This is the time when keeping yourself safe can help save others. The COVID-19 situation has been devolving into a bigger mess by the day, becoming a global pandemic the likes of which we haven't seen often in the history of mankind. Despite the instant availability of facts and figures related to this crisis, it makes me sad to see that many people are still not taking it seriously.
Being in the IT industry makes it easy for most of us to work from home. In fact this holds true not just for the IT industry but for most of the knowledge workers in the world that don't need to rely on big, heavy equipment and dedicated labs to get their work done. Still, many businesses in many countries are still willing to take the risk. I see people who're terrified - scared for their own lives as well as those of their families - who can't do much to change their situation as they are being forced to commute to offices for work that can be easily done from home with minimal systemic changes.
If you're in the same boat, I urge you all to request your respective authorities to allow working from home for the foreseeable future. We have some difficult times ahead of us and this is the least we can do to ensure we survive this.
Next, if you are already working from home or already working remotely, do keep a few things in mind. This is not like your regular remote work arrangement; things are different. Here are a few crucial things you must remember in order to be safe and productive during this time of crisis.
This is the most obvious one. However, in countries that are not yet under lockdown but have reported cases of COVID-19, this is worth mentioning. I know you love that warm, soothing vibe of cafés, but by making some slight adjustments to your work-setup at home, you can replicate the same vibe (or at least close enough). The primary motivation for working remotely should not be personal comfort, saving time, etc. It should be keeping yourself and others safe. AVOID CROWDED PLACES!!!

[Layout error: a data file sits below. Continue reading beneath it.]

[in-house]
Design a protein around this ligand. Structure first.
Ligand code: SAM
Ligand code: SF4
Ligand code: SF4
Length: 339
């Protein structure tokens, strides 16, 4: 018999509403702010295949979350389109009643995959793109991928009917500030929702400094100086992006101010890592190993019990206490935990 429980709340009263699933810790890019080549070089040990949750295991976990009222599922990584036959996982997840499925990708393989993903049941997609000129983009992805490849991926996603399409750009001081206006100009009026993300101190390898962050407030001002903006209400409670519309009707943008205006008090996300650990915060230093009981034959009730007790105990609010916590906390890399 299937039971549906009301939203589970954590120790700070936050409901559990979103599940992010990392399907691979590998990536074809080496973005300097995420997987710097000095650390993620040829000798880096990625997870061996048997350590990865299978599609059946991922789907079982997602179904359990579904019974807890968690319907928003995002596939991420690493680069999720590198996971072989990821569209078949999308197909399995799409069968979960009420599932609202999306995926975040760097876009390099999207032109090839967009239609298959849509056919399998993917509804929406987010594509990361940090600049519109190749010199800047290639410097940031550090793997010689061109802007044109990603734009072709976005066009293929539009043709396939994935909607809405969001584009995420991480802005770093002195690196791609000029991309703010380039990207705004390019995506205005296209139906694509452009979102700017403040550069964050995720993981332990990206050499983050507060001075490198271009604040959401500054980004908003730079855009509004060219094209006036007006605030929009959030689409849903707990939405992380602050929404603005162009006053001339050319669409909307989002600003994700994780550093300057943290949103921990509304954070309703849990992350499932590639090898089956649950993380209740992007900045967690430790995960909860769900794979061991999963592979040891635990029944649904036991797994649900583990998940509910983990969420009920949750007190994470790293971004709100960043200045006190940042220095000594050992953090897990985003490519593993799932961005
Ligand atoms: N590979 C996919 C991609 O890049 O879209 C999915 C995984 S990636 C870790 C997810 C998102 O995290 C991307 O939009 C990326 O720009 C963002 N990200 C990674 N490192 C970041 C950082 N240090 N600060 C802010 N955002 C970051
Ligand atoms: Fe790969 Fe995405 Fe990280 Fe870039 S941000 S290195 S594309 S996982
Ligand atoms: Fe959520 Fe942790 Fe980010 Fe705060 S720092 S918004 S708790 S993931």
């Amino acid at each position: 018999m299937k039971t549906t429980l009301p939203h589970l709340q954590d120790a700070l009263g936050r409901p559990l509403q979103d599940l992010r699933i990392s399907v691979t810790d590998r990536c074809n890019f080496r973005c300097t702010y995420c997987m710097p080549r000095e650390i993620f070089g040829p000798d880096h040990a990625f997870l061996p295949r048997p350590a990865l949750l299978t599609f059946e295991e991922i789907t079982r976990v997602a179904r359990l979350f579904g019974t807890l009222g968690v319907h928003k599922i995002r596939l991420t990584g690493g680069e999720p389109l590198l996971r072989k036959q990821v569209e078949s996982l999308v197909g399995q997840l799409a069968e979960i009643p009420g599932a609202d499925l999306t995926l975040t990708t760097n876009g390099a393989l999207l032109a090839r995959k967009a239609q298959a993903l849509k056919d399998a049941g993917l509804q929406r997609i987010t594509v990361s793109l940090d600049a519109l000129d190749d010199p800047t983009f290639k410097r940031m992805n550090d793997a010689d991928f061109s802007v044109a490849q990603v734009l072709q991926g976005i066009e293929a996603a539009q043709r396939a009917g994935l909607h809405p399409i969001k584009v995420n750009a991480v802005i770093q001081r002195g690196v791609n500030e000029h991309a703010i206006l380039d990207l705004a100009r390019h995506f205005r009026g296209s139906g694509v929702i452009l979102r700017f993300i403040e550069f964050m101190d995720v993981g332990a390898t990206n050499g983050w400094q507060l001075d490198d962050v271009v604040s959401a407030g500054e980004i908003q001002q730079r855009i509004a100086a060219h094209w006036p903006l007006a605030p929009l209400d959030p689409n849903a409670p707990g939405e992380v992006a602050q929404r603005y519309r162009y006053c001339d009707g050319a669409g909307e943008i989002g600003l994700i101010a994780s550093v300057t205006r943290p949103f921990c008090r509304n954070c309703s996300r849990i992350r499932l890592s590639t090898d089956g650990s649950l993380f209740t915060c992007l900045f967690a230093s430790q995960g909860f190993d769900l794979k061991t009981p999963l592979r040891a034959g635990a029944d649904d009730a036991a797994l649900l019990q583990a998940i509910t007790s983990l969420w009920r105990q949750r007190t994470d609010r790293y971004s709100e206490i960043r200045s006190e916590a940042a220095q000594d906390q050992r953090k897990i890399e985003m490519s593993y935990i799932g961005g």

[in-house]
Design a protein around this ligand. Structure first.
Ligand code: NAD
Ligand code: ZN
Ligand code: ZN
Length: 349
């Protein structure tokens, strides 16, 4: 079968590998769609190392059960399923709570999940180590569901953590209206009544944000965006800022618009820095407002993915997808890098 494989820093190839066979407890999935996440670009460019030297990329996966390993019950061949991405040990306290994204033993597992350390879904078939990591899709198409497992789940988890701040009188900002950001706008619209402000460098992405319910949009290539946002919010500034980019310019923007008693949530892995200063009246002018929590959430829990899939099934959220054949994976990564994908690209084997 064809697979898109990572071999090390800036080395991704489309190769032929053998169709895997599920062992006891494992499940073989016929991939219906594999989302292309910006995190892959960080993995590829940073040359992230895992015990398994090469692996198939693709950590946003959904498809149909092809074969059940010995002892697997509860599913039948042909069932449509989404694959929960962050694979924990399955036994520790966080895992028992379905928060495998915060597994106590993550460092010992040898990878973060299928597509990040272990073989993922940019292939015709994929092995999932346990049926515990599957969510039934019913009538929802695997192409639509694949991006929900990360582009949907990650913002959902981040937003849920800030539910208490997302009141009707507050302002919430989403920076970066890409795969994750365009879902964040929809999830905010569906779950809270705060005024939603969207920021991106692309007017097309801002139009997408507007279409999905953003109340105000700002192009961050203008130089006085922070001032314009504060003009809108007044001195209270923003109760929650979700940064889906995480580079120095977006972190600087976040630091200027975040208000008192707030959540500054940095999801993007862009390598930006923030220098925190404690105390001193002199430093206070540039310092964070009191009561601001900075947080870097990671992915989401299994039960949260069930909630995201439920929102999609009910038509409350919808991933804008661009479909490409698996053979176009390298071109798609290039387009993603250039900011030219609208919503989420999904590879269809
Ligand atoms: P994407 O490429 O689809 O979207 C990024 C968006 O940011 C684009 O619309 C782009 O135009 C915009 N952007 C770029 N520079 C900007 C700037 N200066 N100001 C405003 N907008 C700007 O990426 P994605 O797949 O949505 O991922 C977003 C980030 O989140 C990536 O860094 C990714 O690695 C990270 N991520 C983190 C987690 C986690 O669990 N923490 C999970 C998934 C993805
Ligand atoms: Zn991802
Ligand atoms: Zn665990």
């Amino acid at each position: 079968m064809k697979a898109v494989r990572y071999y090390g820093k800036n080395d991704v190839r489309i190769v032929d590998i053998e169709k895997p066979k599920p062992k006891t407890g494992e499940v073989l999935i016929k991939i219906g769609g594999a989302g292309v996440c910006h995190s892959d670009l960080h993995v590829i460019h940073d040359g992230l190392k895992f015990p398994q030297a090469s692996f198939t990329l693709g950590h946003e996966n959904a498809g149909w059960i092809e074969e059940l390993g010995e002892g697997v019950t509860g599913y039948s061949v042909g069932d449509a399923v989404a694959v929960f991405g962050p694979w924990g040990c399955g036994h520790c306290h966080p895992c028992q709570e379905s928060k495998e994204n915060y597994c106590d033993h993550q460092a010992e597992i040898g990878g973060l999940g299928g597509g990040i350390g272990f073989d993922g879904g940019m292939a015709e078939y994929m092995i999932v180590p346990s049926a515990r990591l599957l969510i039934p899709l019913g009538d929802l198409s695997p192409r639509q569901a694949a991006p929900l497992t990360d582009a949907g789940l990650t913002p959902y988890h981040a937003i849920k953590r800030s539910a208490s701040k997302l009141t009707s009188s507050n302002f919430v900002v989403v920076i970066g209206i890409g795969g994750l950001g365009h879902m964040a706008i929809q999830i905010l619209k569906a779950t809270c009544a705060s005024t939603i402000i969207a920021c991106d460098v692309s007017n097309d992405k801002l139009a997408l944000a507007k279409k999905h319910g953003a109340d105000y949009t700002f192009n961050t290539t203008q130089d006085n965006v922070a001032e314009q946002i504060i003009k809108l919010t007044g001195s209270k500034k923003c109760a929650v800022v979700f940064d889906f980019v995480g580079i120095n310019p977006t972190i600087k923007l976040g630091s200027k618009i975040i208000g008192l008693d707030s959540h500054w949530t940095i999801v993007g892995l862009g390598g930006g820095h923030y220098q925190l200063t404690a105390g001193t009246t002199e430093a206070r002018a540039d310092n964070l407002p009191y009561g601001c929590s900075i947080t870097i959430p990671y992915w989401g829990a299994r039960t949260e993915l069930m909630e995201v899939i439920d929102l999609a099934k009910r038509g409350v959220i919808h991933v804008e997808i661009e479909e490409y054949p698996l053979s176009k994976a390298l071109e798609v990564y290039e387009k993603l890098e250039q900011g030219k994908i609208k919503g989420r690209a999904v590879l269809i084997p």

No, you can not sit on your bed and work for hours because, best case scenario, you will feel sleepy and won't get much productive work done, and worst case scenario, you will have terrible posture and develop a bad back ache.
Maintaining a good vibe is the next big challenge, so that you don't get distracted. Being in a new environment can confuse our brains, derail our personal productivity habits, and even throw off our body clocks. Here are some pointers to avoid that:
- 🪑 Proper desk- You already must have seen many videos on the subject, but here is one more anyway.
- 🚪 Isolation- This is not only good for productivity but also recommended by doctors right now as it decreases the chances of spread significantly. Convey this to your family members in a calm but firm manner that you are not on a vacation. You're working from home, which means they shouldn't bother you with trivial things during your regular work hours as much as possible.
- 🗑 Clean room- The room that you choose to work in should be clean. If it happens to be the same room you sleep in, make your bed when you wake up. This will any urges to go back to bed for a quick nap when you're tired. Trust me, it works.
- 🛋 Proper lighting- If you have windows in the room, that's great! Natural lighting not only keeps you active but it also kills germs. If you don't have natural lighting, however, make sure you set up the room to have sufficient light. It should be enough to work comfortably but not so bright as to be distracting.